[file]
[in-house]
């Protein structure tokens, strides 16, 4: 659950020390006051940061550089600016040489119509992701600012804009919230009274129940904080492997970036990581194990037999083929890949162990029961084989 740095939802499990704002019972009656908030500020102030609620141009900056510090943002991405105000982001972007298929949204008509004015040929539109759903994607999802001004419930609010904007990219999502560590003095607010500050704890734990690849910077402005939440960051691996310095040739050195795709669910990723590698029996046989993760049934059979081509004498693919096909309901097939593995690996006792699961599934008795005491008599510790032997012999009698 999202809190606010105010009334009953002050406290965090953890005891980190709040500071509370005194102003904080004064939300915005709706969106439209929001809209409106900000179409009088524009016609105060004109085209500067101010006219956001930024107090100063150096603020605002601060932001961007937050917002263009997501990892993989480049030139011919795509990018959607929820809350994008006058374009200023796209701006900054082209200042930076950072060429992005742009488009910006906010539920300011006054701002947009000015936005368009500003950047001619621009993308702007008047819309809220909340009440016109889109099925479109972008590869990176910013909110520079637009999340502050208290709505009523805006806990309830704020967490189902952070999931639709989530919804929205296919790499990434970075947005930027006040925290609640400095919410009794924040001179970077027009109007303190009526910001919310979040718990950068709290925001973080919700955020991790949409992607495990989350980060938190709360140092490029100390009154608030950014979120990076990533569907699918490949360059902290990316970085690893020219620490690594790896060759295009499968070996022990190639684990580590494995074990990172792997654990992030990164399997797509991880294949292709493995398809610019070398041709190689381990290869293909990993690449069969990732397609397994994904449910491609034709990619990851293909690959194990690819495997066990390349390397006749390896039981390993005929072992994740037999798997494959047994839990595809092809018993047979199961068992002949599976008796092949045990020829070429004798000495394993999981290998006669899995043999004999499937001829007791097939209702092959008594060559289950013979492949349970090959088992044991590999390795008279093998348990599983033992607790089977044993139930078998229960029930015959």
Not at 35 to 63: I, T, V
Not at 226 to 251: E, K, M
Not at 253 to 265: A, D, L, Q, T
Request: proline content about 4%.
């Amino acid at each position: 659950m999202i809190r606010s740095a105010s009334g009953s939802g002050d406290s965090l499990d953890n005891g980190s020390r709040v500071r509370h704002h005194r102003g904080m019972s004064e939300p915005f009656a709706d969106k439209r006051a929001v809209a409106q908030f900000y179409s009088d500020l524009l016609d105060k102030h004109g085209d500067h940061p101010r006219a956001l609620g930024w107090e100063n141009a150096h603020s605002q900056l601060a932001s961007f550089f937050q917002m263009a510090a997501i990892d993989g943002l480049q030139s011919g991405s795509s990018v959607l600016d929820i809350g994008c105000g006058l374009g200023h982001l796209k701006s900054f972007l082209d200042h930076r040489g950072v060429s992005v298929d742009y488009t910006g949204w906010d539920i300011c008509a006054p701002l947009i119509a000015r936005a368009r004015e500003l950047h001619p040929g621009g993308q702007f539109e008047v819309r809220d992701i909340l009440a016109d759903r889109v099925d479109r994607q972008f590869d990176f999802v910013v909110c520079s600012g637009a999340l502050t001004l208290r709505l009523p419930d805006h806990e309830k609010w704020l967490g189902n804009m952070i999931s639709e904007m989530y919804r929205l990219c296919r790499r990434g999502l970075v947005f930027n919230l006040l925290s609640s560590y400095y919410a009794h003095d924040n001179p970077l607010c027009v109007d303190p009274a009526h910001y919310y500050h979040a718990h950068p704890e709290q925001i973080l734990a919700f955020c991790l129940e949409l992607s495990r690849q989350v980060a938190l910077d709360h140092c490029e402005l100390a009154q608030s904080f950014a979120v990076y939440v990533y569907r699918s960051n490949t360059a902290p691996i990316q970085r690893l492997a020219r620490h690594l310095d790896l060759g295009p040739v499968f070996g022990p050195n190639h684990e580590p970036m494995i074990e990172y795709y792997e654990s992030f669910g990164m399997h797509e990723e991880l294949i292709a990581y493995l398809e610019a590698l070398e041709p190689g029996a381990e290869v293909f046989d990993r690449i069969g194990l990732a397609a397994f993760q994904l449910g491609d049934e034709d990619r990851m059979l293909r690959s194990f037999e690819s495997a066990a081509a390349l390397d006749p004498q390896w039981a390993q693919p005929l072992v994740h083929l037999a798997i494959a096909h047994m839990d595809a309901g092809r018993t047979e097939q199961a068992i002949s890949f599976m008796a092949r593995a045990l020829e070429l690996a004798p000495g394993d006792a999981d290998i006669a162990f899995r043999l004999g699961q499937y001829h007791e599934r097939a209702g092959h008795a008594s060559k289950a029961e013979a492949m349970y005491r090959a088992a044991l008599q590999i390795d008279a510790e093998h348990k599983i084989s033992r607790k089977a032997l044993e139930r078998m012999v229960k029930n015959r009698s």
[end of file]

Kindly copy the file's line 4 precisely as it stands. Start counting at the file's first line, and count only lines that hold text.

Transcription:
Not at 226 to 251: E, K, M